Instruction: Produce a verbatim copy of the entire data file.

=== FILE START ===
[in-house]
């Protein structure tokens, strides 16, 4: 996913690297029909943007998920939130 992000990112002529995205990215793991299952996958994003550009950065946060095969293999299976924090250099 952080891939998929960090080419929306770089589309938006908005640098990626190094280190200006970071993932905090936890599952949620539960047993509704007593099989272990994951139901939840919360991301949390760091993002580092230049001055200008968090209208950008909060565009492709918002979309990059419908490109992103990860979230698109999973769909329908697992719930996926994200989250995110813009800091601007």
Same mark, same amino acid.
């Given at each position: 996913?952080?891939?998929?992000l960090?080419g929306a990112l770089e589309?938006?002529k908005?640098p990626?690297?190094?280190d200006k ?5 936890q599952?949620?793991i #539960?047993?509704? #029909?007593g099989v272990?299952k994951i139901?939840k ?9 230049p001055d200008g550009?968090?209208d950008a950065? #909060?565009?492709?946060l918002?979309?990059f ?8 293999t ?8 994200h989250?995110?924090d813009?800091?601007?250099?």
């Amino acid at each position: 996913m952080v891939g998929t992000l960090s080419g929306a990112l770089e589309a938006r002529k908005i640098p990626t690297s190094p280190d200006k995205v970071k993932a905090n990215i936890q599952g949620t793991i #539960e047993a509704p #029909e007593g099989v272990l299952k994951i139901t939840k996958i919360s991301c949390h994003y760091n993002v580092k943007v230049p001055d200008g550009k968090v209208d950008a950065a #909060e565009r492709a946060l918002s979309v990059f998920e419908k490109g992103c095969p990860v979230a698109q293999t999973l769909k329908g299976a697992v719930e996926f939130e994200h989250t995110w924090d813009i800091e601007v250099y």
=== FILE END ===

[in-house]
């Protein structure tokens, strides 16, 4: 996913690297029909943007998920939130 992000990112002529995205990215793991299952996958994003550009950065946060095969293999299976924090250099 952080891939998929960090080419929306770089589309938006908005640098990626190094280190200006970071993932905090936890599952949620539960047993509704007593099989272990994951139901939840919360991301949390760091993002580092230049001055200008968090209208950008909060565009492709918002979309990059419908490109992103990860979230698109999973769909329908697992719930996926994200989250995110813009800091601007």
Same mark, same amino acid.
């Given at each position: 996913?952080?891939?998929?992000l960090?080419g929306a990112l770089e589309?938006?002529k908005?640098p990626?690297?190094?280190d200006k ?5 936890q599952?949620?793991i #539960?047993?509704? #029909?007593g099989v272990?299952k994951i139901?939840k ?9 230049p001055d200008g550009?968090?209208d950008a950065? #909060?565009?492709?946060l918002?979309?990059f ?8 293999t ?8 994200h989250?995110?924090d813009?800091?601007?250099?």
């Amino acid at each position: 996913m952080v891939g998929t992000l960090s080419g929306a990112l770089e589309a938006r002529k908005i640098p990626t690297s190094p280190d200006k995205v970071k993932a905090n990215i936890q599952g949620t793991i #539960e047993a509704p #029909e007593g099989v272990l299952k994951i139901t939840k996958i919360s991301c949390h994003y760091n993002v580092k943007v230049p001055d200008g550009k968090v209208d950008a950065a #909060e565009r492709a946060l918002s979309v990059f998920e419908k490109g992103c095969p990860v979230a698109q293999t999973l769909k329908g299976a697992v719930e996926f939130e994200h989250t995110w924090d813009i800091e601007v250099y």